It’s been nearly 35 years since I emerged from medical school, slick and keen in my new role as a medical doctor, in a job as old as history. My recollection is that amidst my idealistic expectations of physician as wise healer, I became mired in the responsibilities and endless duties of residency. “The House of God”, a satirical book by psychiatrist Samuel Shem that was hugely popular amongst medical trainees at the time, suggested that one way to survive the grueling hours and stress of trying to save lives was to dehumanize our patients and resort to gallows humor to cope.
Despite being a genuinely caring person, I believe those years took a toll on me which extends to the present day. My personal journey through residency, marriage, motherhood, loss (of a brother, from brain cancer at the age of 50), and my own albeit relatively minor illnesses, forced me to re-examine how physicians best apply their skills and how patients – that is, ourselves – deal with suffering, pain, illness and even loss. Illness, we should remember, is a loss of sorts: a loss of good health and feeling well.
My foray into how we heal was spurred by three recent events. One was my personal experience with several minor but irritating and partly chronic medical issues, in which I had to deal with pain, procedural complications, and recurring conditions that began to consume my thoughts. Issues of “anxiety” arose and I began to look at the science of how anxiety, depression, and our thoughts in general, affect our well-being and ability to heal.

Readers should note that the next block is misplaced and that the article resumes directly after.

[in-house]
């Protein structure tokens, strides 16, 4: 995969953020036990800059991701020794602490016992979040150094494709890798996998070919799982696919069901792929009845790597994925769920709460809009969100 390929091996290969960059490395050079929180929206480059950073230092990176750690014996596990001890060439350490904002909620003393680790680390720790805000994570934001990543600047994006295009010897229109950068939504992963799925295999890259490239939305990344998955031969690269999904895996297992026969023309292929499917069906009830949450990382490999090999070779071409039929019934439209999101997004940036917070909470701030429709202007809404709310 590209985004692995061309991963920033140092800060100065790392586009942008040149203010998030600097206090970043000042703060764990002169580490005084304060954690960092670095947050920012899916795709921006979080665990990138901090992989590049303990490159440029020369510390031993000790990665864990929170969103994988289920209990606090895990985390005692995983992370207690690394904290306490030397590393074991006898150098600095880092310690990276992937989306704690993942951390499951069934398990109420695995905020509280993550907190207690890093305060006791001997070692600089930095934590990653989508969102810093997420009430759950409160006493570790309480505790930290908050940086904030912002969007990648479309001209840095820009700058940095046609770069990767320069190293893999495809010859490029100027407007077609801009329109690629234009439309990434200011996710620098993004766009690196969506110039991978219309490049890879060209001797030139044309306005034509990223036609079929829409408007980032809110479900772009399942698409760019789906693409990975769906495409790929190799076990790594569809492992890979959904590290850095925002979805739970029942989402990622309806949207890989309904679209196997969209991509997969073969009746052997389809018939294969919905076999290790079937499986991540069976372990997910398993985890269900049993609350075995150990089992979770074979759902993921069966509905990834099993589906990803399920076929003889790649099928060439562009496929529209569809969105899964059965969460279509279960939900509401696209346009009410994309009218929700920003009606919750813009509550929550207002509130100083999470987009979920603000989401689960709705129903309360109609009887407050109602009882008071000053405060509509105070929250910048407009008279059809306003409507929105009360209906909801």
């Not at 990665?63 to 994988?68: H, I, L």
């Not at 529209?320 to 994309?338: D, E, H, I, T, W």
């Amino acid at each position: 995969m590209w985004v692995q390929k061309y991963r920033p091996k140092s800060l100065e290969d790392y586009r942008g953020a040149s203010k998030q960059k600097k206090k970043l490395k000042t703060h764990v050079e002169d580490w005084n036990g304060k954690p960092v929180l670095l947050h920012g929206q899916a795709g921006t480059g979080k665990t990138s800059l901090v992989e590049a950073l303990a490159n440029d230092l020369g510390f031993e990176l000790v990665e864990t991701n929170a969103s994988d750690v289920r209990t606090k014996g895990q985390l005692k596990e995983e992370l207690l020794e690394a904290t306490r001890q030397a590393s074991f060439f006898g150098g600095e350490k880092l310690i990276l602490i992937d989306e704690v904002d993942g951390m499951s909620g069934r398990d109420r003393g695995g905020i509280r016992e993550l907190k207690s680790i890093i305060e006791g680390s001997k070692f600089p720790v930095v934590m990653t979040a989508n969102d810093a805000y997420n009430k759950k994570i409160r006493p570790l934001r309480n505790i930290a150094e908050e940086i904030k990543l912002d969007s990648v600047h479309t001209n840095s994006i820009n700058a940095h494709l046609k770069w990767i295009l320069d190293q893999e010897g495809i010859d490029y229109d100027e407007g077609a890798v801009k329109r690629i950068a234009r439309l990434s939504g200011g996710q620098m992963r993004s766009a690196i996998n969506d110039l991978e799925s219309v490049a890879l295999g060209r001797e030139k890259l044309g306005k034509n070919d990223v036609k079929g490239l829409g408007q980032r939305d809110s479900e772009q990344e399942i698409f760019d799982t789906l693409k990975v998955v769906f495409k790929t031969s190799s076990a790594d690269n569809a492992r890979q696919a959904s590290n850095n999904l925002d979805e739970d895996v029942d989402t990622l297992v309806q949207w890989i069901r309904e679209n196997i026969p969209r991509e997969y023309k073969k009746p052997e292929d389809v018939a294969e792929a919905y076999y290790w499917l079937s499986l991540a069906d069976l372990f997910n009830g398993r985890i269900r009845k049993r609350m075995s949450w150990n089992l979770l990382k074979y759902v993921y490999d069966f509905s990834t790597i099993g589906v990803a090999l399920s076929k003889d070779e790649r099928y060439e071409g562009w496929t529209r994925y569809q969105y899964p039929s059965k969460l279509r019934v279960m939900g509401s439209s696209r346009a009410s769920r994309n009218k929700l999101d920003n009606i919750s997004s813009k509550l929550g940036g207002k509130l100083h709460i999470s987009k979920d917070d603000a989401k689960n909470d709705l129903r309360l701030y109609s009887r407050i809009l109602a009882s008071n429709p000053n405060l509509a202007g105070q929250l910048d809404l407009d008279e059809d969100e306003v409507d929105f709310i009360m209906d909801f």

The second was a serendipitous introduction to a social experiment called “the empathy effect”. I bought the pin on a whim and then looked up the social trend online. That led me to look further into a book of the same name by Dr. Helen Riess, and thus piqued my curiosity about a recent hot topic in both the medical and lay press. http://empathetics.com/the-empathy-effect/.
Thirdly, my involvement over the past few years in medical education caused me to become more thoughtful about how I organized lectures (throw out the Powerpoint?), my teaching style, and how I could be a better role model for my students. Specifically, I recently mentored a small group interested in how we can improve patient communication; we looked initially at unique methods such as medical clowning but soon realized that every successful doctor-patient interaction seemed to hinge on the same four pillars of meaningful and effective communication, which spawned our group’s acronym – CURE: “C” for Compassion, U for Understanding, R for Respect, and E for Empathy.
CURE seems like a good place to start this blog – a forum for learning and sharing – not just about and for medical students and physicians, but about and for all of us – you and me – doctor and patient. It’s about the obligation to ourselves and others – to practice the CURE.
To heal, like life itself, is a journey. Take the journey with me and learn how to be CURE’D. We’ll take creative approaches to feeling less “dis-ease” with illness and suffering. You’ll learn how to advocate for yourself and for those you care about, and about how resilience can make you stronger, happier, and more likely to get and stay feeling healthy.